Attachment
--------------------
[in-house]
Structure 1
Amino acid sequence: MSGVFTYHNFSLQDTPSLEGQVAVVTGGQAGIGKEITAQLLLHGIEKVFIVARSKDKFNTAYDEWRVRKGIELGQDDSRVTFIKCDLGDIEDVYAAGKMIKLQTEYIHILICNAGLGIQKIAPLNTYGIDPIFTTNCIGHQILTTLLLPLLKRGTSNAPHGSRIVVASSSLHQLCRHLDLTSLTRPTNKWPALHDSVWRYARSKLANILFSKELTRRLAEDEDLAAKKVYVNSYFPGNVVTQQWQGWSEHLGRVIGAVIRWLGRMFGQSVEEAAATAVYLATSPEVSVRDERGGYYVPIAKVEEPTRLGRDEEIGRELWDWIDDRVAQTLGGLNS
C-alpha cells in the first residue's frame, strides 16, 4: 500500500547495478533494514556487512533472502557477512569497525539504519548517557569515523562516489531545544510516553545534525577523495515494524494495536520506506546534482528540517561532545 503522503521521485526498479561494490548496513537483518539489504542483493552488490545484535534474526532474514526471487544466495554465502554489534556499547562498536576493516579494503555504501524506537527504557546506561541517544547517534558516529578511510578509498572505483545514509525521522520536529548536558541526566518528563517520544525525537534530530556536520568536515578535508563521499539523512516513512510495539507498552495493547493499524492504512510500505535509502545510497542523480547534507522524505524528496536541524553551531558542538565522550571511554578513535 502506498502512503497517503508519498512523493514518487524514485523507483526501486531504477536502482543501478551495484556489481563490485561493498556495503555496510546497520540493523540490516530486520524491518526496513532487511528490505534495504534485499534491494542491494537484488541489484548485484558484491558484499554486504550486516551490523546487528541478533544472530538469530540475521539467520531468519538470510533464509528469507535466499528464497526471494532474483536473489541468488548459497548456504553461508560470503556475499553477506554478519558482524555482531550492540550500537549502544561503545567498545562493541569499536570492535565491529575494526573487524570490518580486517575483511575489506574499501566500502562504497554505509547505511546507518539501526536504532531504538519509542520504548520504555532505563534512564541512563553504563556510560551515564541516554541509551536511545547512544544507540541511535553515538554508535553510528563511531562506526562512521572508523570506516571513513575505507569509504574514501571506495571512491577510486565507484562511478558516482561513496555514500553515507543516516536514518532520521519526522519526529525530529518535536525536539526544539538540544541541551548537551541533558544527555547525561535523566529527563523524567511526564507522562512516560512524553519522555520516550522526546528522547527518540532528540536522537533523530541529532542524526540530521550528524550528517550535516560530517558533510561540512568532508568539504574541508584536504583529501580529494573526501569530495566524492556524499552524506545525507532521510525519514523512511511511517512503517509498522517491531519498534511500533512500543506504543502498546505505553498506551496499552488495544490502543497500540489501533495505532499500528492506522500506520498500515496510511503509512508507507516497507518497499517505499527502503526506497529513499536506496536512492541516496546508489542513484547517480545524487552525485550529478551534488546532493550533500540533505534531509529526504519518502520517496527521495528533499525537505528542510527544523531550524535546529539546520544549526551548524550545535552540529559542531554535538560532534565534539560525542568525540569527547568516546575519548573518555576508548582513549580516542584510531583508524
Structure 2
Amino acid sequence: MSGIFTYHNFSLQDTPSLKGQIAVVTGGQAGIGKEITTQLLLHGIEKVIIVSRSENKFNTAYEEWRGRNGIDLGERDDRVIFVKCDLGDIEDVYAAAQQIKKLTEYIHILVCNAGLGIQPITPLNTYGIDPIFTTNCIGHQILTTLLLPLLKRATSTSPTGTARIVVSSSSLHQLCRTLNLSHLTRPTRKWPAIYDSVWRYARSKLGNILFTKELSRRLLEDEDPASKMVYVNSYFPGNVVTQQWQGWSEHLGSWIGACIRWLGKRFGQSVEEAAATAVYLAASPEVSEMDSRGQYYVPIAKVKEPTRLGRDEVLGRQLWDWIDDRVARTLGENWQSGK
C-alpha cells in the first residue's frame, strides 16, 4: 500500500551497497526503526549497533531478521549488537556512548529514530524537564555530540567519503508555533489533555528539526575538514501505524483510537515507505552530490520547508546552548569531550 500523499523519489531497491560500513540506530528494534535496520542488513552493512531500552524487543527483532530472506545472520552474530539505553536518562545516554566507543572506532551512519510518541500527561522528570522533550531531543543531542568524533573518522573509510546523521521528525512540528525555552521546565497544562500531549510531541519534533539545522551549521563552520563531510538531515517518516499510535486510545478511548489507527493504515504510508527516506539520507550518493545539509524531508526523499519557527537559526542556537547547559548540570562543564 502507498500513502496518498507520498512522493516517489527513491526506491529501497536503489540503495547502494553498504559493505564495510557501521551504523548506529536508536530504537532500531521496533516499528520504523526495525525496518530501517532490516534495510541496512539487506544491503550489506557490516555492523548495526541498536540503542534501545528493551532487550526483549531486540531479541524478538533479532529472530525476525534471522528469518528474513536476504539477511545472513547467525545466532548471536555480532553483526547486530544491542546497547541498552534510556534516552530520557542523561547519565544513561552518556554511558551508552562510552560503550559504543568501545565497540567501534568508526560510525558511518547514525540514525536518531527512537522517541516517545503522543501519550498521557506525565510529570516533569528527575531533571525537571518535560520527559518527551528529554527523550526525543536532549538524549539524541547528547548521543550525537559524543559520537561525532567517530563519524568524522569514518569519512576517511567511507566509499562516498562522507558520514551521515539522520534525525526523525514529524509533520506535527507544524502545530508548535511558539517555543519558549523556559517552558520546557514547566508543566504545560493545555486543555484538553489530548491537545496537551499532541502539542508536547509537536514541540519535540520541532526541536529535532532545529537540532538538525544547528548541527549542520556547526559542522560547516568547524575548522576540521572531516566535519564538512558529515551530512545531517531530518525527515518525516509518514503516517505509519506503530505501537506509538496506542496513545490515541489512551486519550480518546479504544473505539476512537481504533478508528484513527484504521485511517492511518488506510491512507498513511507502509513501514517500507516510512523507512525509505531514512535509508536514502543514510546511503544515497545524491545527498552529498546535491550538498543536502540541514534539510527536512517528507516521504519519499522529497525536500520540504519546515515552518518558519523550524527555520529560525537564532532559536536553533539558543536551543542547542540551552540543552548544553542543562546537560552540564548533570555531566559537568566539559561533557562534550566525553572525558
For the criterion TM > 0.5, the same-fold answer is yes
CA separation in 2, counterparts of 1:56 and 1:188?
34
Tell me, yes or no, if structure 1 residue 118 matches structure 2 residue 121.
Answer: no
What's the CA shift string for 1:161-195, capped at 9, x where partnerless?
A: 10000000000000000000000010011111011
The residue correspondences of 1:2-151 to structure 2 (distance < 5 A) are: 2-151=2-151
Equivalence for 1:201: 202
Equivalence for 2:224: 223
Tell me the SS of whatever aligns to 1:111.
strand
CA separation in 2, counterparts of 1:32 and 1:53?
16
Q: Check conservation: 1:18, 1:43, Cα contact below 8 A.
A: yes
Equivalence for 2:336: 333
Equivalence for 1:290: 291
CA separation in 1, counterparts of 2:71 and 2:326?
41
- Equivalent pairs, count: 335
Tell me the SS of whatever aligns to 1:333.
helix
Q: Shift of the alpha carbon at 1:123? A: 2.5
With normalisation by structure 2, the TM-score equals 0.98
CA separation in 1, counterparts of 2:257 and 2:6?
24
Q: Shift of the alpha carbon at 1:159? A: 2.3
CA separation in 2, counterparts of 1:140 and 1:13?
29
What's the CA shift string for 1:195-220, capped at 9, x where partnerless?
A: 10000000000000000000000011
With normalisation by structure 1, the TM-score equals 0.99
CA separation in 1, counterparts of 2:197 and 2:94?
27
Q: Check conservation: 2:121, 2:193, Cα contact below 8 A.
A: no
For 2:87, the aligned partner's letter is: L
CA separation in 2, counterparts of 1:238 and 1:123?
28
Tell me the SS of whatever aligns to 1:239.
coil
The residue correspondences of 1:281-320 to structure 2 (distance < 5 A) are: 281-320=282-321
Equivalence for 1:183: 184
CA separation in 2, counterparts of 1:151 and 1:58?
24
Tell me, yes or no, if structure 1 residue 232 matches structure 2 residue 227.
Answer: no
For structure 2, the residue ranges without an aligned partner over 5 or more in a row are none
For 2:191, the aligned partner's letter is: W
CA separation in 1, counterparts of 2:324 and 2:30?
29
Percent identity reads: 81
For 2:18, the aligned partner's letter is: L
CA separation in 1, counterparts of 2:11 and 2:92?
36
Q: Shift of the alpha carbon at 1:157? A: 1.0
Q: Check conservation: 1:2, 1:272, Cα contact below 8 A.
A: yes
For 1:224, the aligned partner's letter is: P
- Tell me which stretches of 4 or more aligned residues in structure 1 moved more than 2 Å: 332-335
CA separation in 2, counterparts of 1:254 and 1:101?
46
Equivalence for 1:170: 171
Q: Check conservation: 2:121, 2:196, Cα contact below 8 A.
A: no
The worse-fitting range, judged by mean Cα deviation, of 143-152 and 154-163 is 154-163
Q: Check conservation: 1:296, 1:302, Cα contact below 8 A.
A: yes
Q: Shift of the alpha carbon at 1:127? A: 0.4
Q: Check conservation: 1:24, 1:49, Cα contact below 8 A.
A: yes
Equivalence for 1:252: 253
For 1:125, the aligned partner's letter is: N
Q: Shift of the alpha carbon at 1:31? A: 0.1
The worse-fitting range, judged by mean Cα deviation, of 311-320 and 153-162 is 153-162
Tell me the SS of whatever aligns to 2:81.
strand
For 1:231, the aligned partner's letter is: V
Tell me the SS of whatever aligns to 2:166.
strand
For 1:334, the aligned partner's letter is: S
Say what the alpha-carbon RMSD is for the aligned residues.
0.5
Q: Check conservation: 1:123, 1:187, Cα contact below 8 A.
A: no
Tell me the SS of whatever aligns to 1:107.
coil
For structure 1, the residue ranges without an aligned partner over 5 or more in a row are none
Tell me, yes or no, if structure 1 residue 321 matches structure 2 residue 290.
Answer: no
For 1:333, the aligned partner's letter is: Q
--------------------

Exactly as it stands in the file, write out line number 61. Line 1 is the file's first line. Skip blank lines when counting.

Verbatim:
For 2:18, the aligned partner's letter is: L